Because there is no such thing as taking too many breaks!
This past week I decided to take out my camera and start experimenting with photography once again. My motivation got the best of me, because a day later I was going up a harrowing road on the side of the mountain and didn’t know whether to close my eyes or keep them open – it was that bad!
Once I got to the top, though, it was all worth it. The sun was just setting, and I got to see day turn to night. This photo shows the sun the moment it set behind a strip of houses perched on the edge of a canyon.
Yesterday I had ice cream for the first time in almost two months! Even better, it was homemade. Made from blended chocolate soy milk, tofu, bananas, and toasted almonds it was surprisingly good. Next up: strawberry and vanilla.
Tomorrow August 3rd, my grandparents celebrate their 68th Wedding Anniversary. Wow!
We’re already in August, which can mean only one thing – football season is just around the corner. (Hey, what can I say? I grew up in Texas in the 1970s, when it was all about the Dallas Cowboys.) Don’t worry, I will not be renaming my Sunday blog posts to “NFL Sunday Break”.
Stay tuned…for the next adventure of Rheumatoid Arthritis Guy!
Okay, so rheumatoid arthritis actually never made its way into the story line of The Sopranos (at least not that I know of). That would have been interesting if it had though. I can see it now…
Tony Soprano: “Christopher, I need you to ‘take care’ of Johnny…”
Christopher: “But I can’t Uncle Tony…my hands hurt WAY TOO much…I can’t even pick up a gun right now, much less strangle the guy!”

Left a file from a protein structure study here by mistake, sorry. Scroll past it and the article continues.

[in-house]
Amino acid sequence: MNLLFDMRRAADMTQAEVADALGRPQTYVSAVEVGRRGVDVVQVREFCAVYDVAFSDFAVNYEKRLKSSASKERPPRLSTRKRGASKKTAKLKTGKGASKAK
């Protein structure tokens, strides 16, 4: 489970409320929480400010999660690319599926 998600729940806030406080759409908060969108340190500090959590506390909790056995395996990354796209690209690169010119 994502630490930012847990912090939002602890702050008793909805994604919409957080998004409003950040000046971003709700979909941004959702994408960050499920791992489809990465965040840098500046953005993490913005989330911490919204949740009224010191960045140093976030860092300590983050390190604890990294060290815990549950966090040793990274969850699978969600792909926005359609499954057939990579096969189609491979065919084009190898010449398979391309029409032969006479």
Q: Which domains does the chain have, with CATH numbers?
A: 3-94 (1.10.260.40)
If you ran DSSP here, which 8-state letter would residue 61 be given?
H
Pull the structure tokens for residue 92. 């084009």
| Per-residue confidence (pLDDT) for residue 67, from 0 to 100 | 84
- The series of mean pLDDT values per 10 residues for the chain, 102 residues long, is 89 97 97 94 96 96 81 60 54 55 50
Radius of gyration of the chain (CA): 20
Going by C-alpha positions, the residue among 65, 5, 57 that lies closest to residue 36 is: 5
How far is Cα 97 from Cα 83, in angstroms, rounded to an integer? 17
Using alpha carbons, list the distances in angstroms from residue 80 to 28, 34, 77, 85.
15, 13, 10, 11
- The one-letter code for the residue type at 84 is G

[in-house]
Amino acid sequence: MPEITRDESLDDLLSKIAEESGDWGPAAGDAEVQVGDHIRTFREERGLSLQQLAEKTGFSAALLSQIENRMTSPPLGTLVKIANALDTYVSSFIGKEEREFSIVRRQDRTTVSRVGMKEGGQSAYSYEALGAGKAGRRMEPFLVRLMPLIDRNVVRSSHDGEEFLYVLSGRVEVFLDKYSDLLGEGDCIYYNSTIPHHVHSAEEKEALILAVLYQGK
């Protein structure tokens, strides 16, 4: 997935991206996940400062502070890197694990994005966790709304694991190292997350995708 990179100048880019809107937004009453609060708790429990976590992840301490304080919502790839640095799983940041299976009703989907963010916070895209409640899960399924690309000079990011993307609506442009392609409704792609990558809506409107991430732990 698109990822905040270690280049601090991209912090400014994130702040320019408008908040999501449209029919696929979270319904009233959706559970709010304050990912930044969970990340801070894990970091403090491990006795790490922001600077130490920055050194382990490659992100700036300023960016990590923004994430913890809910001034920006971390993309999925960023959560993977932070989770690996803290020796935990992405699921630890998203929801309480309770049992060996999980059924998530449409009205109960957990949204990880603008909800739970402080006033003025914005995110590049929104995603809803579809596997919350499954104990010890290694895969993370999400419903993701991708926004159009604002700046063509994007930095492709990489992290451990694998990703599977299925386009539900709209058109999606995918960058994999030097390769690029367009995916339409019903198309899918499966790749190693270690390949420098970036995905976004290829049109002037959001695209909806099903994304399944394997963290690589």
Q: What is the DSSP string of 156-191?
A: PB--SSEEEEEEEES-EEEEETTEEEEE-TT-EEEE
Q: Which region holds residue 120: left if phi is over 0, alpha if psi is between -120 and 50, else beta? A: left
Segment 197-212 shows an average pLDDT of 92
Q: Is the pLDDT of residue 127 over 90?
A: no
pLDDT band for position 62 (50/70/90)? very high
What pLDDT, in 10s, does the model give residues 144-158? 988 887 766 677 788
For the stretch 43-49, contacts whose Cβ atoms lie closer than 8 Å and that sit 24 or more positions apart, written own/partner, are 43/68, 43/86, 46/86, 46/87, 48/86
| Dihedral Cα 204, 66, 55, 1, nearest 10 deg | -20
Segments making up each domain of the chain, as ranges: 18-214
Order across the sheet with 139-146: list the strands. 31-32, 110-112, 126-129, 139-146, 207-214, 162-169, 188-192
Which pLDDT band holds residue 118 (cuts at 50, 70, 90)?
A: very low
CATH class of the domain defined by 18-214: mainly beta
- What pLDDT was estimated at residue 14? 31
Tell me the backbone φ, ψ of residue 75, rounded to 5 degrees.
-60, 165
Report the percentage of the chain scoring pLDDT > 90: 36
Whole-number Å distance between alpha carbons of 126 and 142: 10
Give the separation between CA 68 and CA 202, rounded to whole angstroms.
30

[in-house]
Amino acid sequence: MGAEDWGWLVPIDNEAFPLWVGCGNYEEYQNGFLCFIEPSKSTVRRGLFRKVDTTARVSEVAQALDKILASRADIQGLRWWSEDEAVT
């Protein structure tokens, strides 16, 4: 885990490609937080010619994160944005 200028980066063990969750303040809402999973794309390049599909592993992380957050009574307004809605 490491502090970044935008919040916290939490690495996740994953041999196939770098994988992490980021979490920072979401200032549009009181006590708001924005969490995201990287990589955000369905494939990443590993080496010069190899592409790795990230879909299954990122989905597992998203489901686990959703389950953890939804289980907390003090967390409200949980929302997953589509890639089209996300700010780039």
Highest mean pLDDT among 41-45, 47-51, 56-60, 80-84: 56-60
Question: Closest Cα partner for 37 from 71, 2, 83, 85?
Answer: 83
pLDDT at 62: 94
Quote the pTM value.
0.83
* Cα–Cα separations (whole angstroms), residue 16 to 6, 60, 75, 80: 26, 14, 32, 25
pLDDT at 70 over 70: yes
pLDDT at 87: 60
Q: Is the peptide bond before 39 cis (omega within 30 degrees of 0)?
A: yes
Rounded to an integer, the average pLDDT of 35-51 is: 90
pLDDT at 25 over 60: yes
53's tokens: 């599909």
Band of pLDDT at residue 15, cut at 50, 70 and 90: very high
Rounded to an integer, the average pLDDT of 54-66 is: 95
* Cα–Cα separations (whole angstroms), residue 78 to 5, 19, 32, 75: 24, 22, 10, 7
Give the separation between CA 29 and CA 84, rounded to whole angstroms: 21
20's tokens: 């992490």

All joking aside though, Aida Turturro (b. September 25, 1962), who played Janice Soprano – the sister of mob boss Tony Soprano – lives with rheumatoid arthritis in real life. (I’ve watched every episode of The Sopranos, and I can honestly say that Janice Soprano was one of my favorite characters.)
Aida Turturro was first diagnosed with rheumatoid arthritis when she was 12 years old. Turturro’s earliest memories of the pain associated with the disease are connected to a family vacation at the beach at Martha’s Vineyard. Unable to walk from excruciating pain, she had to be carried to the water by her father. Following a visit to the doctor, Turturro was diagnosed with rheumatoid arthritis but little was offered in terms of treatment options.
Turturro lived with the pain, continued in school, and later began working. Admittedly, she did not understand the consequences of her diagnosis initially and was even unaware that a rheumatologist is a specialist and expert in treating rheumatoid arthritis and related diseases. All that has changed now for Turturro. She has become educated about her condition and realizes how vitally important that education is to fighting the disease.
In an interview with the Arthritis Foundation, Aida stated, “I’m lucky because my disease hasn’t progressed too far. Sometimes I have good days, sometimes I am in a lot of pain – but I never really let my RA stop me from doing the things I want to do. I know that there are alot of people out there for whom the disease has progressed to a debilitating stage”.*
In the early 2000’s Aida Turturro served as a national spokesperson in an rheumatoid arthritis awarenes campaign that was co-sponsored by the Arthritis Foundation and Centocor.